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On Black Friday

Released nearly two years after its completion, Black Friday recreates the events that followed the 1993 bomb blasts in Bombay. This article comments on the realism and structure of the film, while asking pertinent questions about the manner in which the police is portrayed.

On Black Friday

Released nearly two years after its completion, Black Friday recreates the events that followed the 1993 bomb blasts in Bombay. This article comments on the realism and structure of the film, while asking pertinent questions about the manner in

which the police is portrayed.


nurag Kashyap’s Black Friday based on the book by S Hussain Zaidi, focuses on the 1993 Bombay bomb blasts that rocked the city in the aftermath of the Babri masjid demolition and the communal riots of 1992-93 December-January that followed. Following a prolonged court battle, Black Friday finally saw the light of day almost two years after it was made. The film opens three days before the blasts when in a routine police arrest, a suspect reveals a plot to bomb Mumbai with “kala sabun” (RDX). Three days later, the city is ripped apart by 10 carefully orchestrated blasts that tear through the stock exchange, a cinema hall, hotels, the passport office and other crowded areas, killing 257 people and injuring scores of others.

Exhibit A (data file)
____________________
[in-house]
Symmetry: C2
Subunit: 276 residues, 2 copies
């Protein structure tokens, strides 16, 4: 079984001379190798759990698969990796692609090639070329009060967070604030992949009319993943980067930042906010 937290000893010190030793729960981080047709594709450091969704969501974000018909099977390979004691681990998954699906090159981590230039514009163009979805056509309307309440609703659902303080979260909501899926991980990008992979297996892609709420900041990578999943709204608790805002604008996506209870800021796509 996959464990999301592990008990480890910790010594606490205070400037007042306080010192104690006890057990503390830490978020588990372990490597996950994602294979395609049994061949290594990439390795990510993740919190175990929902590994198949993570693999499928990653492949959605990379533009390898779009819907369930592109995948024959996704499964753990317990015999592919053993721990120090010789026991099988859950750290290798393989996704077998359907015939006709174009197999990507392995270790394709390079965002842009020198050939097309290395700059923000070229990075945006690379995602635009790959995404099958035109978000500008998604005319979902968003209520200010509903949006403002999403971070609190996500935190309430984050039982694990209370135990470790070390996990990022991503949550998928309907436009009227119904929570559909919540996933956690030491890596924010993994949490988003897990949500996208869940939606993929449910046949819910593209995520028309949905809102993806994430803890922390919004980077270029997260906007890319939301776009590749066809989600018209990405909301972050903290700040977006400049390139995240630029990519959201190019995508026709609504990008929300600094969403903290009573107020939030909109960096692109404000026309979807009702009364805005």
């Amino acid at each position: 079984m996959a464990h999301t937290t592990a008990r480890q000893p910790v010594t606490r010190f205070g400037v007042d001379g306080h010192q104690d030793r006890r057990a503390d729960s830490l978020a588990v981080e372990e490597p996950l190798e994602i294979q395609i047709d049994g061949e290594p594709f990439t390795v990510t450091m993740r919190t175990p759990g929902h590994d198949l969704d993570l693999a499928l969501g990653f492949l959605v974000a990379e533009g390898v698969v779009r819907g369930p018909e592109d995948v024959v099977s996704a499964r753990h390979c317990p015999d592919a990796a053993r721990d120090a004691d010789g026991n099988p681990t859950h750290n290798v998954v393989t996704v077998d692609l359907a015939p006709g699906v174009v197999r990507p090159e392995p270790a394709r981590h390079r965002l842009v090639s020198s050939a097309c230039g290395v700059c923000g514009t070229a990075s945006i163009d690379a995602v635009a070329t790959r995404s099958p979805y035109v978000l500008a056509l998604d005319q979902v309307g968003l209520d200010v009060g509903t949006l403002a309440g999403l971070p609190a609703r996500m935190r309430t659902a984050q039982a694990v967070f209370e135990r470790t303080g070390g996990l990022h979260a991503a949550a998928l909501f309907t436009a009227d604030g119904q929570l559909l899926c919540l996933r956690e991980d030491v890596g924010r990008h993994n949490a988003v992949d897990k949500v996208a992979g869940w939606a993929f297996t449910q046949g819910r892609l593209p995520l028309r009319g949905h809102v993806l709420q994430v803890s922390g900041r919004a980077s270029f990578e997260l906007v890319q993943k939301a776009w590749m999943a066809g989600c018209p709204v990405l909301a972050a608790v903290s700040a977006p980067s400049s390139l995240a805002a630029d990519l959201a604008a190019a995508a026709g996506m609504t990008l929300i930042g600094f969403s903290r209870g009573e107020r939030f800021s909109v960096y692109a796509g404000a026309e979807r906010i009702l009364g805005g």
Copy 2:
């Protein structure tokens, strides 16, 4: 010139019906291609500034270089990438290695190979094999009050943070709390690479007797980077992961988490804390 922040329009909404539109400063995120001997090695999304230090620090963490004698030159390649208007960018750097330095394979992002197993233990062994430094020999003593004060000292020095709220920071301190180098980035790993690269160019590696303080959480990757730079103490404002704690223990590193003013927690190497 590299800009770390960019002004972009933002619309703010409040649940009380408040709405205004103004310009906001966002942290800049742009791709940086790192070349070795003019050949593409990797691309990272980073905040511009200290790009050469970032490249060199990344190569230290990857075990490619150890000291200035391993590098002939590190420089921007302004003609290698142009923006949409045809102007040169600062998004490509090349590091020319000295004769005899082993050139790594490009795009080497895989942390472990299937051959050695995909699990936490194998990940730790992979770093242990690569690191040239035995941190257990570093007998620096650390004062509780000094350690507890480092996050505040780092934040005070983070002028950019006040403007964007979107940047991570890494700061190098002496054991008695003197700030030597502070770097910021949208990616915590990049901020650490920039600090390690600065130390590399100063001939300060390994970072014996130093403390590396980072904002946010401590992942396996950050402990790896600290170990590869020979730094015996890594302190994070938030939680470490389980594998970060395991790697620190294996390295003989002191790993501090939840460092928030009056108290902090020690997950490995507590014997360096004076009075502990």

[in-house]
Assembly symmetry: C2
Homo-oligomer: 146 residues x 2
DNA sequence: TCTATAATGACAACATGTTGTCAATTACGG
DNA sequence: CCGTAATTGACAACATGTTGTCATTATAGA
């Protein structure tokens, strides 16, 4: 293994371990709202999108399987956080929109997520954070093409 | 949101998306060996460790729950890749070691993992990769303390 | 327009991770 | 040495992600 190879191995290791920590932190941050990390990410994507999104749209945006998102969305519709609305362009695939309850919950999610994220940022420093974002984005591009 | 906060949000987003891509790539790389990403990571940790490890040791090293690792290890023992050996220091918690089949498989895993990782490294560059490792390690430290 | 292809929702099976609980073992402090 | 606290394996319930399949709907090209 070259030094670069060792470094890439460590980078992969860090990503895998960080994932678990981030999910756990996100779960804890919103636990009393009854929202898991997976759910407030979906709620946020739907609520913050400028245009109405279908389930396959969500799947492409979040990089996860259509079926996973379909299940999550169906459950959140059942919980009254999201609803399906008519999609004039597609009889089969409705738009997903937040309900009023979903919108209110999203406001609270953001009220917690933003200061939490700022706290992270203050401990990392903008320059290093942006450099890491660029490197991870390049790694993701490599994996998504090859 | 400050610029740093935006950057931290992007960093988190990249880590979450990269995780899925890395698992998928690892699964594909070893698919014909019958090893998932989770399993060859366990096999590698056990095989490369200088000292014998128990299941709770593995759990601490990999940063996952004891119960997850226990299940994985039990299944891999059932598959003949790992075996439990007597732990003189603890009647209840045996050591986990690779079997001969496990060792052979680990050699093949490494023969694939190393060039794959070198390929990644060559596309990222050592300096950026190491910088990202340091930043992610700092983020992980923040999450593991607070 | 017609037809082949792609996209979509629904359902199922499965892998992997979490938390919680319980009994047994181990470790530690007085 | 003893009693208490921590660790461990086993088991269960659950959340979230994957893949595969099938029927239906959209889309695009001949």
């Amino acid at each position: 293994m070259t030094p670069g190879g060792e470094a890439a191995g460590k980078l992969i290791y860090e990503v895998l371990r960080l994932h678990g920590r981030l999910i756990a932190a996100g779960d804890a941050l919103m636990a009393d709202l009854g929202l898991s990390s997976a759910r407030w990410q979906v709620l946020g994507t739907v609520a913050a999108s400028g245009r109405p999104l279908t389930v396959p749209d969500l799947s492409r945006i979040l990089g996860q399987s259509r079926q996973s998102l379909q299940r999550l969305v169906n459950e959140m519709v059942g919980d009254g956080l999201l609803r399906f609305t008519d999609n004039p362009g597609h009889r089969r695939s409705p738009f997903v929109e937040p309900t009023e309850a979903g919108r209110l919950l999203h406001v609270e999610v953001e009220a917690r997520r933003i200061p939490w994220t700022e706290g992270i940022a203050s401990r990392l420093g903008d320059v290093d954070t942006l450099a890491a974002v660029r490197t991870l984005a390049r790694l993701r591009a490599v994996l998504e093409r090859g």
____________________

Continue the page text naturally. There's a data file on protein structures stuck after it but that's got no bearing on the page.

Kashyap deploys a non-linear narrative that moves back and forth in time as he tracks the blasts, investigation, plot, conspiracy, involvement of Tiger Memon and Dawood Ibrahim, collusion of the customs officials who turned a blind eye to the RDX landings, intelligence failures and the lucky breaks that made it possible for the investigating officer Rakesh Maria and his team to crack the case. Kashyap tracks the methodical and often instinctive but ruthless investigation that allowed Maria’s team to nab 168 conspirators in the matter of a few weeks. While closely following the book, Kashyap leaves out references to Sanjay Dutt’s alleged involvement in the acquisition of AK 56, before the blasts! This “faithful translation” and the desire to be “objective” to the “truth claim” of the book is clearly driven by the apprehensions regarding the controversial and sensational nature of discourses surrounding the 1993 blasts. Given the fraught relationship between popular cinema, sectarian politics, communal and religious fundamentalism, it is understandable that the director is heavily invested in remaining faithful to the original text; it is easier to deflect criticisms about reopening of old wounds or counter charges of inciting communal passions. The problematic reception of Parzania that opened a week before Black Friday is a case in point. It has received critical acclaim largely from the multiplex audiences and press but has been banned from exhibition in Gujarat, though Black Friday managed a clean chit in a Saamna editorial by Bal Thackeray. Clearly the film is inhabiting various slippery terrains of its own narrative and ideological drives along with its reception and circulation in the public domain which cannot be simplistically explained away.

Unfolding the Events